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Ottawa Daycare Staff Understand the Importance of Allowing Kids to Apply Lessons through Play

You’ll hear it said so often that the first five years of a child’s life are the most formative—and how could they not be? This is the time when children are learning the foundations of language, math, communication, collaboration, and so much more. You’ll also hear it often be said that play is in many ways just as important as structured learning. And while this is true, it doesn’t quite paint a complete picture. The truth is, play is an integral part of how young children learn. When enrolling your children in a daycare in Ottawa, it’s important to choose a location staffed by trained Early Childhood Educators who understand how something as simple as playing with building blocks is, itself, an opportunity to learn the skills that will become important in later in life. These skills include:

Creativity and Imagination

Creativity is more than just having an idea—it’s being able to bring that idea to life. As children play by building with their blocks, they are likely to have moments of inspiration, and by following that inspiration by creating what they see in their minds, they discover the sense of reward that comes with bringing an idea to fruition. This is a great way to instill confidence in their creative abilities and encourage them to bring their ideas to life.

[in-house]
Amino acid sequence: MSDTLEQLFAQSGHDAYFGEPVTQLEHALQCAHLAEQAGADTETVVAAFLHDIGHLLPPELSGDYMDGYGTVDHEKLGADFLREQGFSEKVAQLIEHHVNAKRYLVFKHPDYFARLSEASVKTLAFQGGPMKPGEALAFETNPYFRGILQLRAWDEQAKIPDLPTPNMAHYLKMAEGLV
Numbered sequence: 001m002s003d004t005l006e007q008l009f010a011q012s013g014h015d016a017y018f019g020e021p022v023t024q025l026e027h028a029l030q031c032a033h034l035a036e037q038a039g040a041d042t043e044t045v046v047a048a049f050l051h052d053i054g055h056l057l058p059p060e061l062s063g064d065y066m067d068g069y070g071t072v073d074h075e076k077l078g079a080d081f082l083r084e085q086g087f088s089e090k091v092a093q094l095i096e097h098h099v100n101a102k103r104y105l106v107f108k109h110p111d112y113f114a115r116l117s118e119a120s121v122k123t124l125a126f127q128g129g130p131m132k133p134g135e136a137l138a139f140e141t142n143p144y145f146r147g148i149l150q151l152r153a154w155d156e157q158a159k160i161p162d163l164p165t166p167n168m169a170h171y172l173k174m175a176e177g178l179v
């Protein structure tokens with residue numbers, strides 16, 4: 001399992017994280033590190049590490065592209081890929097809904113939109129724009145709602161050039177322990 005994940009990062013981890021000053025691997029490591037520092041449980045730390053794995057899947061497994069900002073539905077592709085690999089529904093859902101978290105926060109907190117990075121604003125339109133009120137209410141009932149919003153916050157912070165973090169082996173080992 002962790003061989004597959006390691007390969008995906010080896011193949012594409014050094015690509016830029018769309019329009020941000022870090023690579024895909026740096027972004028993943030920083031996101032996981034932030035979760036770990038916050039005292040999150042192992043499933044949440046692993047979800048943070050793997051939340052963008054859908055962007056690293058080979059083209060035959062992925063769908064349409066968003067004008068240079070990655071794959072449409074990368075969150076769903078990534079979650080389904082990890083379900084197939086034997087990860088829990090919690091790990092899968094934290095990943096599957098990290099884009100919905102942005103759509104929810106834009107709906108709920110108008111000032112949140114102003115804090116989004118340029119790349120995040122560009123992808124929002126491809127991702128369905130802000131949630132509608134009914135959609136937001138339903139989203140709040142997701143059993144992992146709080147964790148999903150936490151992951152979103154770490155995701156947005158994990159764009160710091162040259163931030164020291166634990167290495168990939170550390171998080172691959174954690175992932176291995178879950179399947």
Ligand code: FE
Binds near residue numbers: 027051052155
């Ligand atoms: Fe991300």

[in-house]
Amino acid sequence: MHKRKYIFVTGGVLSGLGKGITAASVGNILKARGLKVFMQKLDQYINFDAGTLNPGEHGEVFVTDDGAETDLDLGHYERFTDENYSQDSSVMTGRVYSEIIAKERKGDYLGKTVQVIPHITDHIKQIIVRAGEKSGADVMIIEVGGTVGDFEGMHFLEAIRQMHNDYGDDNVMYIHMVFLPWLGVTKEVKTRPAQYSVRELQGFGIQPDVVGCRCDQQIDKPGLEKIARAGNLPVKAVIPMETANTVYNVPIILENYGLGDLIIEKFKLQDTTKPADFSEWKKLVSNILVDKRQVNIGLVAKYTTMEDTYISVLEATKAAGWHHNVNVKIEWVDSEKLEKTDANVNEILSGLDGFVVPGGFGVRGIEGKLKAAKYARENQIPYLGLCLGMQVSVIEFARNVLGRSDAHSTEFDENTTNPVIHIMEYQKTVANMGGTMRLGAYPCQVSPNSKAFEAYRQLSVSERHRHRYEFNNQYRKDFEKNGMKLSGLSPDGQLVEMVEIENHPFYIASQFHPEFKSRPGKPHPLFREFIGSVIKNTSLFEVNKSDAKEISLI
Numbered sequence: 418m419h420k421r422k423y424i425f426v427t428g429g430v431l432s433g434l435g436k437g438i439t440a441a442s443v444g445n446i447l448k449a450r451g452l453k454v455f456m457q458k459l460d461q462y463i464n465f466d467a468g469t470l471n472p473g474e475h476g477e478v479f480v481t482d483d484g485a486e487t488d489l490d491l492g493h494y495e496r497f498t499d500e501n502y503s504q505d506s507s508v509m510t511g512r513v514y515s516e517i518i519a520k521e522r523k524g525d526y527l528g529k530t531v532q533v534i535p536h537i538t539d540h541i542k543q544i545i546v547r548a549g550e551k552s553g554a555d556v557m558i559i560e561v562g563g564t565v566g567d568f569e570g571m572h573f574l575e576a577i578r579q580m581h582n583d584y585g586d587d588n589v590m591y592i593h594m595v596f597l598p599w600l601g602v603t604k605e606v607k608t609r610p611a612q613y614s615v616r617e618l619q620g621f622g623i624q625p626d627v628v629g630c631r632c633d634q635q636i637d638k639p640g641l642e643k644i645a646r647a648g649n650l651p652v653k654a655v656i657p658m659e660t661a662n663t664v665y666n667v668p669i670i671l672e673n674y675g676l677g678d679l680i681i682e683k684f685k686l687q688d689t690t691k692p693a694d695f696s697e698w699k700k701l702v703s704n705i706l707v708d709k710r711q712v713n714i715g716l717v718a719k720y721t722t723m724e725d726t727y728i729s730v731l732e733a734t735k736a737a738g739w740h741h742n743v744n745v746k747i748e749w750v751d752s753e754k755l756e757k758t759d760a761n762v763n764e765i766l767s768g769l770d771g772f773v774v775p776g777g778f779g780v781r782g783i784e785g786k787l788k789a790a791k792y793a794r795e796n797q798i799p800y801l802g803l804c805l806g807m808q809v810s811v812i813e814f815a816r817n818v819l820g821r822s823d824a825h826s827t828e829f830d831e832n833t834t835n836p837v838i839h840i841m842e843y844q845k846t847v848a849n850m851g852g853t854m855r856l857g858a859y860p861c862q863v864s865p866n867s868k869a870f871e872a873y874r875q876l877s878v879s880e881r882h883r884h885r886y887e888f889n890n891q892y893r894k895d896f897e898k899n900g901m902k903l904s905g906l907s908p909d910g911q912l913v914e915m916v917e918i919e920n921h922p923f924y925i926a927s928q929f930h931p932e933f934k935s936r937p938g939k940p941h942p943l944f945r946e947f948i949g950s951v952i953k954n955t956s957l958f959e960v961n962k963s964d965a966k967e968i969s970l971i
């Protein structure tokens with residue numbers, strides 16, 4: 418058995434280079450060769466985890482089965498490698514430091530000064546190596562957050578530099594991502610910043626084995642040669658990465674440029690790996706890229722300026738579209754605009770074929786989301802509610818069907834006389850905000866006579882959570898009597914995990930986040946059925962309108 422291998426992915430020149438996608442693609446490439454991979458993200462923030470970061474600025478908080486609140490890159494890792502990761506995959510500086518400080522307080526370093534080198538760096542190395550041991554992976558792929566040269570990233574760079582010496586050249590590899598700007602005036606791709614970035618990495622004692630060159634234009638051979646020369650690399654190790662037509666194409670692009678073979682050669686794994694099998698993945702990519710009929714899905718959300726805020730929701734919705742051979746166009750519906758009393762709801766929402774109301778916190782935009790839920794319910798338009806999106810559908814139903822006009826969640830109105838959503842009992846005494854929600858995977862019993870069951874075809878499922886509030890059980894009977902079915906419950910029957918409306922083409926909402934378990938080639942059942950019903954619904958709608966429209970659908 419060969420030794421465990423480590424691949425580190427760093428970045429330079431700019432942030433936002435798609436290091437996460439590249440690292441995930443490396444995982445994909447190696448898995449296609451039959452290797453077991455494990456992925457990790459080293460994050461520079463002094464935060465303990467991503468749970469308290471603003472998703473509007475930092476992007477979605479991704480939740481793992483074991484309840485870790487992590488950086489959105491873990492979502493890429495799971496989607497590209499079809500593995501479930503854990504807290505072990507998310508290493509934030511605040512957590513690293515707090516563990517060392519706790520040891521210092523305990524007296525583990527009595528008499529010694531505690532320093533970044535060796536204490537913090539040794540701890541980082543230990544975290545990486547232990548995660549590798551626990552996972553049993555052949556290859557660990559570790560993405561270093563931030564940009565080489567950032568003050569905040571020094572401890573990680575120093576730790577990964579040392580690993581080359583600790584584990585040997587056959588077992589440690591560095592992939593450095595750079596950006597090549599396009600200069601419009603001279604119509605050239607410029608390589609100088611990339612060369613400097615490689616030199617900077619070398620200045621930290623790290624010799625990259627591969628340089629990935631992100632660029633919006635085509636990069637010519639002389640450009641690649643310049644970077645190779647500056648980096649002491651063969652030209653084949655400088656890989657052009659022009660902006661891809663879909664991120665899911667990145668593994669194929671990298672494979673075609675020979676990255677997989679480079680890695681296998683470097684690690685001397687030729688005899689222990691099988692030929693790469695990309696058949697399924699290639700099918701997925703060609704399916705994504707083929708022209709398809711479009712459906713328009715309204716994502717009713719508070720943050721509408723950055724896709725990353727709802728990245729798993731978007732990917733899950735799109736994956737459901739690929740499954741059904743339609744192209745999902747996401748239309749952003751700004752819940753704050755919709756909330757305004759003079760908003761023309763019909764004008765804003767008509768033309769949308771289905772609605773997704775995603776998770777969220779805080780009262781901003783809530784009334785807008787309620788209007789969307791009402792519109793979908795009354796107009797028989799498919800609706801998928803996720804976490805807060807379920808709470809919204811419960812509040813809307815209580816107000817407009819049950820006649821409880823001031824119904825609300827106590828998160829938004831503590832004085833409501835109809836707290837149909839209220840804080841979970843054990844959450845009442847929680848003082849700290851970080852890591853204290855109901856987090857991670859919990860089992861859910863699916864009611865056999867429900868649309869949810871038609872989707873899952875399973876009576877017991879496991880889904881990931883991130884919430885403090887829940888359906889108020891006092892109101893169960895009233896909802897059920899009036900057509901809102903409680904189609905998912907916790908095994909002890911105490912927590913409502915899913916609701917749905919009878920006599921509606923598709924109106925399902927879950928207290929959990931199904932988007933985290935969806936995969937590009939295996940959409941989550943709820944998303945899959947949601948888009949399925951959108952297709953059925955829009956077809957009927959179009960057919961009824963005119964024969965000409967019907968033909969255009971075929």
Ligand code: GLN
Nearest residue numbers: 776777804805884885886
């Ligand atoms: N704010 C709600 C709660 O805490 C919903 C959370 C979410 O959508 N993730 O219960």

Problem Solving

This skill is linked inextricably to creativity, but it warrants its own entry on the list. It’s a kind of creativity that requires people to think their way around problems, especially when they are collaborating with others, and can come into play in all kinds of games and activities at an Ottawa daycare.

Collaboration and Social Skills

When two or more children work together towards a common goal—building something together, winning a team-based game, et cetera—they learn to communicate, to compromise, and to use their individual skills and talents in unison.

Math and Science Skills

Everyday play is a great way to apply math in natural ways, helping children understand the more abstract importance of mathematics that isn’t always particularly clear in the classroom. To bring it back around to our example of building blocks, this is also a great way to teach children scientific thinking: having an idea of how to build something, trying it out, and learning as it either fails or succeeds is remarkably akin to the method of forming a hypothesis, testing it, and forming theories based on the results.

Improved Behaviour

It’s been frequently reported that children that get more free time for play are, in general, better-behaved. By giving kids the opportunity to “let off some steam,” teachers and caretakers alike are also building a better environment for more structured learning, whether in the classroom or the daycare.